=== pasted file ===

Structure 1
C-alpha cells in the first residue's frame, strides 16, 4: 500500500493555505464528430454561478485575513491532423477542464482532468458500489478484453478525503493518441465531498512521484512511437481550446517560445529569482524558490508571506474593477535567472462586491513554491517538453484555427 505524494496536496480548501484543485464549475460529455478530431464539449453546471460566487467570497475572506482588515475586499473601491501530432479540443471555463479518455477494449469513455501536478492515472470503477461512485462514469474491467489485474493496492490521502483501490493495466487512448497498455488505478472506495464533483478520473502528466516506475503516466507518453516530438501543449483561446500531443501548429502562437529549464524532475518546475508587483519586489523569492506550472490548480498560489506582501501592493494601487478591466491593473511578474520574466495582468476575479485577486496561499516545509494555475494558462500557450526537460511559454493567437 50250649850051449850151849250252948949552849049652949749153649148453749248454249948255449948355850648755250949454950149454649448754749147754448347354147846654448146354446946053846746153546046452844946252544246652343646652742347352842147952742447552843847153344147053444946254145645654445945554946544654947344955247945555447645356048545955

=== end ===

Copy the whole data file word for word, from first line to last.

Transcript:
Structure 1
C-alpha cells in the first residue's frame, strides 16, 4: 500500500493555505464528430454561478485575513491532423477542464482532468458500489478484453478525503493518441465531498512521484512511437481550446517560445529569482524558490508571506474593477535567472462586491513554491517538453484555427 505524494496536496480548501484543485464549475460529455478530431464539449453546471460566487467570497475572506482588515475586499473601491501530432479540443471555463479518455477494449469513455501536478492515472470503477461512485462514469474491467489485474493496492490521502483501490493495466487512448497498455488505478472506495464533483478520473502528466516506475503516466507518453516530438501543449483561446500531443501548429502562437529549464524532475518546475508587483519586489523569492506550472490548480498560489506582501501592493494601487478591466491593473511578474520574466495582468476575479485577486496561499516545509494555475494558462500557450526537460511559454493567437 50250649850051449850151849250252948949552849049652949749153649148453749248454249948255449948355850648755250949454950149454649448754749147754448347354147846654448146354446946053846746153546046452844946252544246652343646652742347352842147952742447552843847153344147053444946254145645654445945554946544654947344955247945555447645356048545955